Quantum Trajectories and their Statistics for Remotely Entangled Quantum Bits
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We experimentally and theoretically investigate the quantum trajectories of jointly monitored transmon qubits embedded in spatially separated microwave cavities. Using nearly quantum-noise-limited superconducting amplifiers and an optimized setup to reduce signal loss between cavities, we can efficiently track measurement-induced entanglement generation as a continuous process for single realizations of the experiment. The quantum trajectories of transmon qubits naturally split into low and high entanglement classes. The distribution of concurrence is found at any given time, and we explore the dynamics of entanglement creation in the state space. The distribution exhibits a sharp cutoff in the high concurrence limit, defining a maximal concurrence boundary. The most-likely paths of the qubits’ trajectories are also investigated, resulting in three probable paths, gradually projecting the system to two even subspaces and an odd subspace, conforming to a “half-parity” measurement. We also investigate the most-likely time for the individual trajectories to reach their most entangled state, and we find that there are two solutions for the local maximum, corresponding to the low and high entanglement routes. The theoretical predictions show excellent agreement with the experimental entangled-qubit trajectory data.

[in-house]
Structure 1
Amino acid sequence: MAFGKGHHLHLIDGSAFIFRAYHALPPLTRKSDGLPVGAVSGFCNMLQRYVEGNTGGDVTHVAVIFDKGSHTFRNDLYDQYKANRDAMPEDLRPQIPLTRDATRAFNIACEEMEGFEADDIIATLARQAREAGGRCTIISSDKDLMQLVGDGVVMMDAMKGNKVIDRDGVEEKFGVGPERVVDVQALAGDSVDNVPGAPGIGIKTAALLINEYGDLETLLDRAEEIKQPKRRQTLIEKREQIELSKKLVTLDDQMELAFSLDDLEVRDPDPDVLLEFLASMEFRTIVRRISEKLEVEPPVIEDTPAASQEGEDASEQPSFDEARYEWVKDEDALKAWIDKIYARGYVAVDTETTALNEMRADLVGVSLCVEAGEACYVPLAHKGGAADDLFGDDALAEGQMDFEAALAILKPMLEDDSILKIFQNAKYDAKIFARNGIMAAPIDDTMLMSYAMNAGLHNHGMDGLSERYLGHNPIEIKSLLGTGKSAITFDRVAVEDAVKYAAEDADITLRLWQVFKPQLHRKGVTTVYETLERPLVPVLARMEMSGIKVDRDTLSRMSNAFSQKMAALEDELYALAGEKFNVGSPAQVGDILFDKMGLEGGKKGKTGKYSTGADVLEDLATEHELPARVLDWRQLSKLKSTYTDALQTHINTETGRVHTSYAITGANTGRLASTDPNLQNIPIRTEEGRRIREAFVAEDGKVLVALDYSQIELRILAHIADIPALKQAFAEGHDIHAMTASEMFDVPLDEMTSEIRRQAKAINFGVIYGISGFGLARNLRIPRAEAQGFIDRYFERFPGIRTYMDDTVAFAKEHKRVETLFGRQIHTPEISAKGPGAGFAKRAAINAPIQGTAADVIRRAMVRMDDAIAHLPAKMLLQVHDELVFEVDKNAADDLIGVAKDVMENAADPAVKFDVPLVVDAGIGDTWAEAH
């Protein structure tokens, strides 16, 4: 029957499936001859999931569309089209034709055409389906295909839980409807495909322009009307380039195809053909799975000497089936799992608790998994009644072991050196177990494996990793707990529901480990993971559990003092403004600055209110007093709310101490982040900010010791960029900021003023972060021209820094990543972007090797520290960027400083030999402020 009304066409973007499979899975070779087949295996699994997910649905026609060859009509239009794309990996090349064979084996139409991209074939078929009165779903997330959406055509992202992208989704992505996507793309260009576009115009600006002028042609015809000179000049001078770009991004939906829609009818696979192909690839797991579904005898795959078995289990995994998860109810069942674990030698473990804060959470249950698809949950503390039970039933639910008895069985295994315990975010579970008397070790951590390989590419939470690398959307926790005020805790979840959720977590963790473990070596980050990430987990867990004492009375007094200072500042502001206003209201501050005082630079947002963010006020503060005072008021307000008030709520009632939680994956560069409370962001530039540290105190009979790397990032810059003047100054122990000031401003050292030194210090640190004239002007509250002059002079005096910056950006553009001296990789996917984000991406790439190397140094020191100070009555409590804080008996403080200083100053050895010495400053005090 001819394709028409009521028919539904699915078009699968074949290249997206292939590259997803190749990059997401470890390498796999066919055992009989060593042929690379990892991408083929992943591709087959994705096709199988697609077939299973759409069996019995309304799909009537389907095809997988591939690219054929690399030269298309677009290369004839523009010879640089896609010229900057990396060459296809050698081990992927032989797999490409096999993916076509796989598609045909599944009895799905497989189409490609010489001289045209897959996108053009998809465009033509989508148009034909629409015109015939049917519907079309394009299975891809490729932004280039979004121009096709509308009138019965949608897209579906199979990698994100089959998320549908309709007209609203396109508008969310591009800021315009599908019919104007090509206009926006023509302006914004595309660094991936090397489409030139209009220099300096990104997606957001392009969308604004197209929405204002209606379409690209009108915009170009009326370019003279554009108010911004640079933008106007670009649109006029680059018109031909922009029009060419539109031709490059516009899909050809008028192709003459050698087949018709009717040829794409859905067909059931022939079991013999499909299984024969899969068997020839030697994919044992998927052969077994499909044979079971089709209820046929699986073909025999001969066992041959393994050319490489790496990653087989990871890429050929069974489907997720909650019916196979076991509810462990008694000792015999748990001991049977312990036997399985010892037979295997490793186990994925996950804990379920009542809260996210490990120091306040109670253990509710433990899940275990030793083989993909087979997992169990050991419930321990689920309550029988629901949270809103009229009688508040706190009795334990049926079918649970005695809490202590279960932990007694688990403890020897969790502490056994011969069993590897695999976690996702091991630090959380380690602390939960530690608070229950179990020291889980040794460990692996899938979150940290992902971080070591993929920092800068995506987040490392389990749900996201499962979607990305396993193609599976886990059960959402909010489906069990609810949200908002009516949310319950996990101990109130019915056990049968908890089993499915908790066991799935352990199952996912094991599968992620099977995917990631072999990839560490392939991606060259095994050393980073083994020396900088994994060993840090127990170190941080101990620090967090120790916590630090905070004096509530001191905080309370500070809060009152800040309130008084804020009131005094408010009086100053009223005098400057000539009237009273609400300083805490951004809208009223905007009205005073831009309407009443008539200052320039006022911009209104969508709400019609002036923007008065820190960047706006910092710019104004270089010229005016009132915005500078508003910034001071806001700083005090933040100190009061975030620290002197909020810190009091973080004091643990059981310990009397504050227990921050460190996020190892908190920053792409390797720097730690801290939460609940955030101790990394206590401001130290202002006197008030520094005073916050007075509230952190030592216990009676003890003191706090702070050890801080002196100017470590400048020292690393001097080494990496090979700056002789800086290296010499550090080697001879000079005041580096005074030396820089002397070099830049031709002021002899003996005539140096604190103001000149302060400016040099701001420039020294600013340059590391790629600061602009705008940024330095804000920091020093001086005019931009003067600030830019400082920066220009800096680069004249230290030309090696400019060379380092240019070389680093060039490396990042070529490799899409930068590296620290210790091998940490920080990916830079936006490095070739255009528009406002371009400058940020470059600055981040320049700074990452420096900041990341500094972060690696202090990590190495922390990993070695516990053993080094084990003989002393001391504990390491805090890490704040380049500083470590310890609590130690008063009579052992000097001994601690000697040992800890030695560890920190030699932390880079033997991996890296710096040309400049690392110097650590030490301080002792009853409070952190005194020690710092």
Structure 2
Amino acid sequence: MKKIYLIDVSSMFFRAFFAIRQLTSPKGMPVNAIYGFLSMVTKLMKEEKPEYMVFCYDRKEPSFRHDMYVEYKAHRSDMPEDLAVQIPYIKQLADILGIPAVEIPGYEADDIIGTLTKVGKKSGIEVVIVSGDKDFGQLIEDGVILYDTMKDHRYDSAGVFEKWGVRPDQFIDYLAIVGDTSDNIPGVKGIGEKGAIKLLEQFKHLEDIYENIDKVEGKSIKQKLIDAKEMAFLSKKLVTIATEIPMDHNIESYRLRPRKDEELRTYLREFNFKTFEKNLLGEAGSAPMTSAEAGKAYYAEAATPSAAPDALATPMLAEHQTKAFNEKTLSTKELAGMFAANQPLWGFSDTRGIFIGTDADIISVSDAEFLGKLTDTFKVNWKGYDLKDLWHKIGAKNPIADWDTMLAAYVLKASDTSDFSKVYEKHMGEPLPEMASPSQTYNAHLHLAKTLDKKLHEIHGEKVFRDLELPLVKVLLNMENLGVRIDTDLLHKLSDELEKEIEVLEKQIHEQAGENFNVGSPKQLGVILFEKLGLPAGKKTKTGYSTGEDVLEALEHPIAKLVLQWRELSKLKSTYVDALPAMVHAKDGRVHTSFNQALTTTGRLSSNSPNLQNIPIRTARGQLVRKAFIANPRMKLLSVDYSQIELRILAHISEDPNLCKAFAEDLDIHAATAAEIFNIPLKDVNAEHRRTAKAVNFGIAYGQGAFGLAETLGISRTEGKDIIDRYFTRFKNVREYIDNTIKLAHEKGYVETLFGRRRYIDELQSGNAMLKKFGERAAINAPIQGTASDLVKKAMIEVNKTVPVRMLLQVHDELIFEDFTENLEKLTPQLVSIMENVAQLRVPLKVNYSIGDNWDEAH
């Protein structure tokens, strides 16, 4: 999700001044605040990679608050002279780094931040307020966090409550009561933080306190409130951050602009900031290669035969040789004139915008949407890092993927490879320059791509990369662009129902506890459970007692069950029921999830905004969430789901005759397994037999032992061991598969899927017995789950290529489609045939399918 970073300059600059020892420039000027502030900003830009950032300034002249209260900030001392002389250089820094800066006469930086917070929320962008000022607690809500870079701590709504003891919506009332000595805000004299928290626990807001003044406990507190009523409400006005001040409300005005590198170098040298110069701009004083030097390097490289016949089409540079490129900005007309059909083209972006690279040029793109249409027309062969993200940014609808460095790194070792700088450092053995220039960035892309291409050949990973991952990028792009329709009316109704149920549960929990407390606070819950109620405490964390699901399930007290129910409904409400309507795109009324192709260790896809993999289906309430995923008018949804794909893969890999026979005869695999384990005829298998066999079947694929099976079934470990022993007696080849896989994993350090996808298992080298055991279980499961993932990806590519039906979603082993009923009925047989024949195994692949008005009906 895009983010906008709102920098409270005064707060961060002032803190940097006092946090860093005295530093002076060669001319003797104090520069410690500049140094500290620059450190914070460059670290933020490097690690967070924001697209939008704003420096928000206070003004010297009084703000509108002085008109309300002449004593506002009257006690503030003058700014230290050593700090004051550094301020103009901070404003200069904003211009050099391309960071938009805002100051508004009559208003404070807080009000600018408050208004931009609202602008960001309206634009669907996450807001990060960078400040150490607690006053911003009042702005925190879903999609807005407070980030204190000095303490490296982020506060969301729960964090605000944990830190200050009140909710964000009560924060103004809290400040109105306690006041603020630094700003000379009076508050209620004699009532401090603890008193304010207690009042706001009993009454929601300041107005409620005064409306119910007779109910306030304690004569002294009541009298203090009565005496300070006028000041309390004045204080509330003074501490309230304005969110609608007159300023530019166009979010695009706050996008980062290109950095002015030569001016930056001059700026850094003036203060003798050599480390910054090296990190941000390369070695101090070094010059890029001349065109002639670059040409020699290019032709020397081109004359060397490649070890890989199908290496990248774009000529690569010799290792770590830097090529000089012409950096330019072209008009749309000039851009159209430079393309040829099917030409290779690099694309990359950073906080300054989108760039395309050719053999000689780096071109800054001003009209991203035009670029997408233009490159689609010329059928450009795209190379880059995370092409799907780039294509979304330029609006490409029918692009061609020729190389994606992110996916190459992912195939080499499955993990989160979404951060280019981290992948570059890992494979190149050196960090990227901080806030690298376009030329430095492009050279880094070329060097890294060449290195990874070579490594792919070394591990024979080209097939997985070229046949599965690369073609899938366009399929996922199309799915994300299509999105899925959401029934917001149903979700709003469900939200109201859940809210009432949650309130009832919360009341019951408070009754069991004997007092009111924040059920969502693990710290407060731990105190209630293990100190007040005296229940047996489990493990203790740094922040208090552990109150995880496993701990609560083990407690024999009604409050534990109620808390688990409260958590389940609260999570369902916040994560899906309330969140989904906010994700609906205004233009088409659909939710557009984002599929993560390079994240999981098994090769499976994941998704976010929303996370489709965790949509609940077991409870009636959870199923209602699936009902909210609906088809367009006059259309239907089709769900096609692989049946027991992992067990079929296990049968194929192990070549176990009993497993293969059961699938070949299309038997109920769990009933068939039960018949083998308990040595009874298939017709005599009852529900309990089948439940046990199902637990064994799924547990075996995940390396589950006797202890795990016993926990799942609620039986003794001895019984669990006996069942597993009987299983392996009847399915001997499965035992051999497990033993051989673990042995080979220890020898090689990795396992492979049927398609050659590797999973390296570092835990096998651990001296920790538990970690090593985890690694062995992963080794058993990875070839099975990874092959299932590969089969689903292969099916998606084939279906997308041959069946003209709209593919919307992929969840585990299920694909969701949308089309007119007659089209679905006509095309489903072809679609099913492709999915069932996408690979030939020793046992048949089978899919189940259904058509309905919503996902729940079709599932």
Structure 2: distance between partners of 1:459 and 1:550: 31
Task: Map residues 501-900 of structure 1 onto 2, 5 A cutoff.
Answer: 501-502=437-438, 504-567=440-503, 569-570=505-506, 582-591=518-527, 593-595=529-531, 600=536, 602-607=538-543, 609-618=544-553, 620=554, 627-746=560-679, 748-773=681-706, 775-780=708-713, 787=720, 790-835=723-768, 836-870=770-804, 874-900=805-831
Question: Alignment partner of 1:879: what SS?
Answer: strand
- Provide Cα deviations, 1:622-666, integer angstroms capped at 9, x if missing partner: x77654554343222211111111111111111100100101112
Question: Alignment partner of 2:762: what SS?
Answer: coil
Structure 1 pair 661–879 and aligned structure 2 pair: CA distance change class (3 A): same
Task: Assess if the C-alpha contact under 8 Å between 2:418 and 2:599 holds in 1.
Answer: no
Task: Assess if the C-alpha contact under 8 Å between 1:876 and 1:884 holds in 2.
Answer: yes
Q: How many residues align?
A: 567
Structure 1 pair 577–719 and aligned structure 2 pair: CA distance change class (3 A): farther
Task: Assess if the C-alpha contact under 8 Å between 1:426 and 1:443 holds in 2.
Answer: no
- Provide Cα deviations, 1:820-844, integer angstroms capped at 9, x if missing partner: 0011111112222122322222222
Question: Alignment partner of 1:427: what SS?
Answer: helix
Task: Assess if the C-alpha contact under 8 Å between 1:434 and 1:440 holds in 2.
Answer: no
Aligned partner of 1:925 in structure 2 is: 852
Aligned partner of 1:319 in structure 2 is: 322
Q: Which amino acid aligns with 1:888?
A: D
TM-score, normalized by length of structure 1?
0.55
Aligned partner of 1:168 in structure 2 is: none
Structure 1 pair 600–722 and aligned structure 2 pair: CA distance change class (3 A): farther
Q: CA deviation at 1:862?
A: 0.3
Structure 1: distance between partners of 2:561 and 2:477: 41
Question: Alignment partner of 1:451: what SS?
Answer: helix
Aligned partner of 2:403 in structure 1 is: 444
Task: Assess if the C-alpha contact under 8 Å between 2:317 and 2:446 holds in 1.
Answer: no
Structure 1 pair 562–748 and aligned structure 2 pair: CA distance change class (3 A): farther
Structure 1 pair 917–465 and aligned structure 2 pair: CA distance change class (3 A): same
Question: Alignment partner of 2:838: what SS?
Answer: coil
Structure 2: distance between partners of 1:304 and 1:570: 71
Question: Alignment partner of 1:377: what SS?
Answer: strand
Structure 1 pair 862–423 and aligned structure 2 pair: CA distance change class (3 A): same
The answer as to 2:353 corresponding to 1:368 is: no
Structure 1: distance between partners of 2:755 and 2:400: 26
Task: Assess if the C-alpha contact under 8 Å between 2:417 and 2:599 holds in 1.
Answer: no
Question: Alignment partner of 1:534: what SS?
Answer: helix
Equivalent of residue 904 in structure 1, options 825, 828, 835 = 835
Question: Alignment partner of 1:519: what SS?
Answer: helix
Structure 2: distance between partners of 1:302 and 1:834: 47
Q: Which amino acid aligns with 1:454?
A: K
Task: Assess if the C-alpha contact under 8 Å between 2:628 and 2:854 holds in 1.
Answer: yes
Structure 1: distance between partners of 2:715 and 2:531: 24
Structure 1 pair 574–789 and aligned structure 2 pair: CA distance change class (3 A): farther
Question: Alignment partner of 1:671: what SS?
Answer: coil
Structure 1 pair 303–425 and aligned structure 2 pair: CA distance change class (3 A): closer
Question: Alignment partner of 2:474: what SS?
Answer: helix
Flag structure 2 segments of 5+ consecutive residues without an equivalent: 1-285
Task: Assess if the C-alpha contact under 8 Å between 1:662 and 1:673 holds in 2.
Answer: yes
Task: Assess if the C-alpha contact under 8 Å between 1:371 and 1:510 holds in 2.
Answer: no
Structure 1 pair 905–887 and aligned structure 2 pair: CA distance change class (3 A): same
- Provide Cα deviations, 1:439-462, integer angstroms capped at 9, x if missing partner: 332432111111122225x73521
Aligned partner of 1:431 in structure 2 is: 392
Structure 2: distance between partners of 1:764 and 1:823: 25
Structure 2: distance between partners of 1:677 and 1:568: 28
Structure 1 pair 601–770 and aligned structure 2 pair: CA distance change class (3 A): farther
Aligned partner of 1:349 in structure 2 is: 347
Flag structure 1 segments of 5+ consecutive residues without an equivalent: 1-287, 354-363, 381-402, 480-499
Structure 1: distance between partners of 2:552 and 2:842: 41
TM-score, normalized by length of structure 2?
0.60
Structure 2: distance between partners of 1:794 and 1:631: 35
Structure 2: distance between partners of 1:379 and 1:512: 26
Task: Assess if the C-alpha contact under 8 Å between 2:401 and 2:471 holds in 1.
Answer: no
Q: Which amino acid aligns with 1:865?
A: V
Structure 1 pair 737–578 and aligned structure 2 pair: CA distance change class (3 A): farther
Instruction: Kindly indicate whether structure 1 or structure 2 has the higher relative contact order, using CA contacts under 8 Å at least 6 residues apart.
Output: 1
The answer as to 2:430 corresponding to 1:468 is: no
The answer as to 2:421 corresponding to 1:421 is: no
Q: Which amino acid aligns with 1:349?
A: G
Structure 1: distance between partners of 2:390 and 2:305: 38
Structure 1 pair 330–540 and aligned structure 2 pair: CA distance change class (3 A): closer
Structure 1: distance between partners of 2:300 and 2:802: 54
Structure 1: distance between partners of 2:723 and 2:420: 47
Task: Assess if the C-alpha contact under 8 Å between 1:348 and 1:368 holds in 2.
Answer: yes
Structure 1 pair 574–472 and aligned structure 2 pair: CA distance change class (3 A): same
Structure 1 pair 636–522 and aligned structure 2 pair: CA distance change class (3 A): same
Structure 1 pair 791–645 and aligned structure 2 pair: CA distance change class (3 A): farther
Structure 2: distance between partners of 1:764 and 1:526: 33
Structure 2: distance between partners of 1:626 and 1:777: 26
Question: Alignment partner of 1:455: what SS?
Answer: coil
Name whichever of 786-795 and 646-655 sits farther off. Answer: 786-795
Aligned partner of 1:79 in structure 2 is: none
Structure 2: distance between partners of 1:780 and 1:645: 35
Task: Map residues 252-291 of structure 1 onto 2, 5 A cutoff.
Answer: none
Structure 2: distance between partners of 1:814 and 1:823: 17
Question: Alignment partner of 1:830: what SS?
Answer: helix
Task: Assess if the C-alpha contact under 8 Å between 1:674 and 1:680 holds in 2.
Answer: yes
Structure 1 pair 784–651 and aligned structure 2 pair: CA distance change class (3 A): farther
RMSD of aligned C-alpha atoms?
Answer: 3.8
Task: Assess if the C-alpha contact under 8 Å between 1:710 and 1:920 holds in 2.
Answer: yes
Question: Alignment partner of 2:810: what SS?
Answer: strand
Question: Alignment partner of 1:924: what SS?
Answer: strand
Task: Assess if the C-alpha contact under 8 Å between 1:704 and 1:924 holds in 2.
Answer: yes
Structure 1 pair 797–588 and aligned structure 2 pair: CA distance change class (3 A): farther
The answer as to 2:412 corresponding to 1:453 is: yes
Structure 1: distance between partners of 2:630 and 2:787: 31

Physical Review X
© The Author(s) 2016. Published by the American Physical Society under the terms of the Creative Commons Attribution 3.0 License. Further distribution of this work must maintain attribution to the author(s) and the published article’s title, journal citation, and DOI.
Quantum Physics not elsewhere classified